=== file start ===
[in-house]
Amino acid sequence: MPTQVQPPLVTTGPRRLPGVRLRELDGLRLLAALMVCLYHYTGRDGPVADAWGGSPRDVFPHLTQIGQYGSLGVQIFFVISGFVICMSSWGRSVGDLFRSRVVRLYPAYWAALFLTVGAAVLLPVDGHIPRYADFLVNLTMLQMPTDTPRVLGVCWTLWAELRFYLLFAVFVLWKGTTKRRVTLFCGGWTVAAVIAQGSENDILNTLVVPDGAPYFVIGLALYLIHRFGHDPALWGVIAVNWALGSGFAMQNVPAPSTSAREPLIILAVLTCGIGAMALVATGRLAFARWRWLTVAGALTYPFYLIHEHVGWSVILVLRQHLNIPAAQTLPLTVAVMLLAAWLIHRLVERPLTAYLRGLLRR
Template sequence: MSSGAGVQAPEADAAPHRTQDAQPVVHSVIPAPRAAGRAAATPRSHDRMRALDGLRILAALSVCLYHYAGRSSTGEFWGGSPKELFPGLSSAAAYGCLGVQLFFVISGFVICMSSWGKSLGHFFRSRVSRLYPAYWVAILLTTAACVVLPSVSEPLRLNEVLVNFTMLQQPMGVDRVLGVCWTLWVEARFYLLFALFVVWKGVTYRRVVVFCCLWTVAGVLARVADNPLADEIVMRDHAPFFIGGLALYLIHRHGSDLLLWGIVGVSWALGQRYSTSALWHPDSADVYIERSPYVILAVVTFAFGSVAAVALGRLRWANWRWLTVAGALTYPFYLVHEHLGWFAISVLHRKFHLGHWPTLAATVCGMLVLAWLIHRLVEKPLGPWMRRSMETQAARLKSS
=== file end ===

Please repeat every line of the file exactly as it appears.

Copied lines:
[in-house]
Amino acid sequence: MPTQVQPPLVTTGPRRLPGVRLRELDGLRLLAALMVCLYHYTGRDGPVADAWGGSPRDVFPHLTQIGQYGSLGVQIFFVISGFVICMSSWGRSVGDLFRSRVVRLYPAYWAALFLTVGAAVLLPVDGHIPRYADFLVNLTMLQMPTDTPRVLGVCWTLWAELRFYLLFAVFVLWKGTTKRRVTLFCGGWTVAAVIAQGSENDILNTLVVPDGAPYFVIGLALYLIHRFGHDPALWGVIAVNWALGSGFAMQNVPAPSTSAREPLIILAVLTCGIGAMALVATGRLAFARWRWLTVAGALTYPFYLIHEHVGWSVILVLRQHLNIPAAQTLPLTVAVMLLAAWLIHRLVERPLTAYLRGLLRR
Template sequence: MSSGAGVQAPEADAAPHRTQDAQPVVHSVIPAPRAAGRAAATPRSHDRMRALDGLRILAALSVCLYHYAGRSSTGEFWGGSPKELFPGLSSAAAYGCLGVQLFFVISGFVICMSSWGKSLGHFFRSRVSRLYPAYWVAILLTTAACVVLPSVSEPLRLNEVLVNFTMLQQPMGVDRVLGVCWTLWVEARFYLLFALFVVWKGVTYRRVVVFCCLWTVAGVLARVADNPLADEIVMRDHAPFFIGGLALYLIHRHGSDLLLWGIVGVSWALGQRYSTSALWHPDSADVYIERSPYVILAVVTFAFGSVAAVALGRLRWANWRWLTVAGALTYPFYLVHEHLGWFAISVLHRKFHLGHWPTLAATVCGMLVLAWLIHRLVEKPLGPWMRRSMETQAARLKSS